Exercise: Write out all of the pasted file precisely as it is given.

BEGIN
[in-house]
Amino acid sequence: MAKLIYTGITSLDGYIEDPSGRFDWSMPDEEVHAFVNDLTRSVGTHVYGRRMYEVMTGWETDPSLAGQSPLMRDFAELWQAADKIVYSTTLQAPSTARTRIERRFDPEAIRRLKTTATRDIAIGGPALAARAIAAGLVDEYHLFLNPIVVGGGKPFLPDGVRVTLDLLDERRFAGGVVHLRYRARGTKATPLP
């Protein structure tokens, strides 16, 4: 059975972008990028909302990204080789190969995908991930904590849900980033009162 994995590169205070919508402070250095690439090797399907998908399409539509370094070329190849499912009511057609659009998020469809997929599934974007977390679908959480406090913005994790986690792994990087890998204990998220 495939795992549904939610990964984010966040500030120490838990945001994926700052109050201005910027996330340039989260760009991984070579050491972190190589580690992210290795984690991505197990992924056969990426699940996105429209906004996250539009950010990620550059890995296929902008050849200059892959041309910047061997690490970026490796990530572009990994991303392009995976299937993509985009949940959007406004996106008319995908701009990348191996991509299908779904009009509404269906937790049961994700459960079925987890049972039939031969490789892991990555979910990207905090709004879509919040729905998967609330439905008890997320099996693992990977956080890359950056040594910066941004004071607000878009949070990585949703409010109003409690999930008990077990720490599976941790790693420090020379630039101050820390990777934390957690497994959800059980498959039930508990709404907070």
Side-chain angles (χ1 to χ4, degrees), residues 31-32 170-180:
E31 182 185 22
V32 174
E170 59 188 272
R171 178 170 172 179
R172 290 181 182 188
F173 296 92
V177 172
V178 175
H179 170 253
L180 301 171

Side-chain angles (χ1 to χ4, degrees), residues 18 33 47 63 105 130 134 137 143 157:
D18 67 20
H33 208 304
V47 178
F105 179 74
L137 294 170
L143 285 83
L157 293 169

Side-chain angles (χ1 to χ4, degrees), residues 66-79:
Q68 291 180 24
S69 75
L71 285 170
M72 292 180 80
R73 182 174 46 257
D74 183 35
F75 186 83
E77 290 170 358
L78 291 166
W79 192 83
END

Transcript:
[in-house]
Amino acid sequence: MAKLIYTGITSLDGYIEDPSGRFDWSMPDEEVHAFVNDLTRSVGTHVYGRRMYEVMTGWETDPSLAGQSPLMRDFAELWQAADKIVYSTTLQAPSTARTRIERRFDPEAIRRLKTTATRDIAIGGPALAARAIAAGLVDEYHLFLNPIVVGGGKPFLPDGVRVTLDLLDERRFAGGVVHLRYRARGTKATPLP
């Protein structure tokens, strides 16, 4: 059975972008990028909302990204080789190969995908991930904590849900980033009162 994995590169205070919508402070250095690439090797399907998908399409539509370094070329190849499912009511057609659009998020469809997929599934974007977390679908959480406090913005994790986690792994990087890998204990998220 495939795992549904939610990964984010966040500030120490838990945001994926700052109050201005910027996330340039989260760009991984070579050491972190190589580690992210290795984690991505197990992924056969990426699940996105429209906004996250539009950010990620550059890995296929902008050849200059892959041309910047061997690490970026490796990530572009990994991303392009995976299937993509985009949940959007406004996106008319995908701009990348191996991509299908779904009009509404269906937790049961994700459960079925987890049972039939031969490789892991990555979910990207905090709004879509919040729905998967609330439905008890997320099996693992990977956080890359950056040594910066941004004071607000878009949070990585949703409010109003409690999930008990077990720490599976941790790693420090020379630039101050820390990777934390957690497994959800059980498959039930508990709404907070």
Side-chain angles (χ1 to χ4, degrees), residues 31-32 170-180:
E31 182 185 22
V32 174
E170 59 188 272
R171 178 170 172 179
R172 290 181 182 188
F173 296 92
V177 172
V178 175
H179 170 253
L180 301 171

Side-chain angles (χ1 to χ4, degrees), residues 18 33 47 63 105 130 134 137 143 157:
D18 67 20
H33 208 304
V47 178
F105 179 74
L137 294 170
L143 285 83
L157 293 169

Side-chain angles (χ1 to χ4, degrees), residues 66-79:
Q68 291 180 24
S69 75
L71 285 170
M72 292 180 80
R73 182 174 46 257
D74 183 35
F75 186 83
E77 290 170 358
L78 291 166
W79 192 83